We certainly don't need local Black elected officials who happen to be Black. We need local Black radical elected officials who are committed to a Black agenda for Black liberation. Blackness must be defined front-and-center on the agenda of Black leadership. Blackness is not only African features, melanin skin pigmentation, rich coarse African textured hair, etc.; it's a state of mind. If Blackness were African features, the Supreme Court Justice Clarence Thomas would be the Blackest man in town. Everyone knows that he is diametrically opposed to anything that would have any semblance of benefiting the Black community. He is one of the most “ non-black,” Black persons in the country.
Let's develop a working definition of what Blackness is political. Dr. Lani Guinier in her book Tyranny of the Majority stated that some Black leaders are “descriptively Black,” they look like us. Others are “ authentically Black,” and they are committed to us. Thus, being Black is being committed to the empowerment, interest, well-being, political, economic, and social progress and liberation of the Black community.
The call for Black Power, Black Liberation, and Black self-determination is still very relevant today. Being Black doesn't exclude one from uniting with other ethnic groups struggling against oppression, nor does it disengage us from struggles against class issues, colonial capitalism, imperialism, globalization, etc. On the contrary, addressing Black issues is synonymous with addressing class issues. While I used the term Black often, I want to remind us that we are African people. We are not a “ race”; we are a nation of African people who have been displaced from my homeland, Africa. Because we were kidnapped as people and remote from my homeland, that does not take away from us being a nation of people. We are an African people! But bear in mind we don't only want to change the complexion of the people in power; we want to change in the direction of the politics of America. We want ideological change. We want a revolutionary change. Therefore, we are calling on Black leaders to embrace Black radical Politics, the politics of Liberation, and revolutionary change.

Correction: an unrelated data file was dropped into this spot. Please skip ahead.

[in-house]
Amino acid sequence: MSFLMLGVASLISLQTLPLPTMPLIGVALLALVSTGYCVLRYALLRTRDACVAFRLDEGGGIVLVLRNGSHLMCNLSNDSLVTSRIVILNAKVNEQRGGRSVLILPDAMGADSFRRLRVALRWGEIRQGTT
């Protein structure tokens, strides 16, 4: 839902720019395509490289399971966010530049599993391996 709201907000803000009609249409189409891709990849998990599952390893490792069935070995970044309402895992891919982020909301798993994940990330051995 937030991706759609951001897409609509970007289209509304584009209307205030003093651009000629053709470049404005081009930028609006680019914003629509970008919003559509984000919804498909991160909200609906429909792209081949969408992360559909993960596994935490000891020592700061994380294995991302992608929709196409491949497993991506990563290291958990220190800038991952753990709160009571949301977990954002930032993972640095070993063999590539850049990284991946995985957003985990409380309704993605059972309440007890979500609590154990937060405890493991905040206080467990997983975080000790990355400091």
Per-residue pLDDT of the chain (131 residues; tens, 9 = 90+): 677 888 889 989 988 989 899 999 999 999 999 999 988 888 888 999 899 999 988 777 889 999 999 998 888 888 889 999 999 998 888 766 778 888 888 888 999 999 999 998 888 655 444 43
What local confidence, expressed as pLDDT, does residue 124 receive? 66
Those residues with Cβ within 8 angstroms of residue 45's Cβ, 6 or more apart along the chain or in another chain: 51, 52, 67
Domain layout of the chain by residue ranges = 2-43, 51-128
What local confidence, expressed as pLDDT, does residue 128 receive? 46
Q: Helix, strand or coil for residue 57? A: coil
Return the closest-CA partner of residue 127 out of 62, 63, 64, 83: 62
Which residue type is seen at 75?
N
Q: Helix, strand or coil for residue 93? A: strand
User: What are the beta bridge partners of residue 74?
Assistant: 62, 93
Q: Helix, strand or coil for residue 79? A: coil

As I stated, our journey into the electoral arena began shortly after that 1981 meeting in Chicago that began our involvement in the 1984 Jesse Jackson for President Campaign. Harold Washington had just won the mayoral campaign in Chicago in 1983 with a campaign slogan, “It's our turn now!” And now here comes the Jackson for President campaign slogan, “Our time has come!” The word “ our” used in these slogans is clearly talking about us, Black People. However, these were reformist campaigns designed to keep our people trapped in the democratic party that takes us for granted. We decided to use the democratic party to get unbossed and unbought independent Black radicals elected to local seats of power because our people blindly vote democratic. We are totally independent from the democratic party. We are using the electoral arena to secure goods, services, and material benefits to ease the pain of greedy economic capitalist oppression, and to raise the consciousness of our people so that they can see the contradictions in this two-party racist, parasitic, predatory capitalist system and fight for systemic radical transformation and a socialist revolution.
One of the most Radical/ Revolutionary victories in electoral politics was the election of Chokwe Lumumba, a revolutionary nationalist, to the position of Mayor of Jackson, Mississippi. He was the first Black revolutionary to be elected mayor in American politics. The Black Liberation movement and his loved ones were shocked and saddened by his untimely death after just months in office. The Jackson plan and Cooperative Jackson became the model for Black political and economic liberation in Black communities around the nation. My commitment is to continue Chokwe Lumumba’s legacy by training and developing young Black Radicals/ Revolutionaries to win local seats of power across this nation.
“Remember, the struggle may be long, but victory is certain.”
Note: In 2017, Chokwe Lumumba’s son, Chokwe Antar Lumumba, was elected Mayor of Jackson, Mississippi, and committed himself to continuing the revolutionary legacy of his father.
To be continued…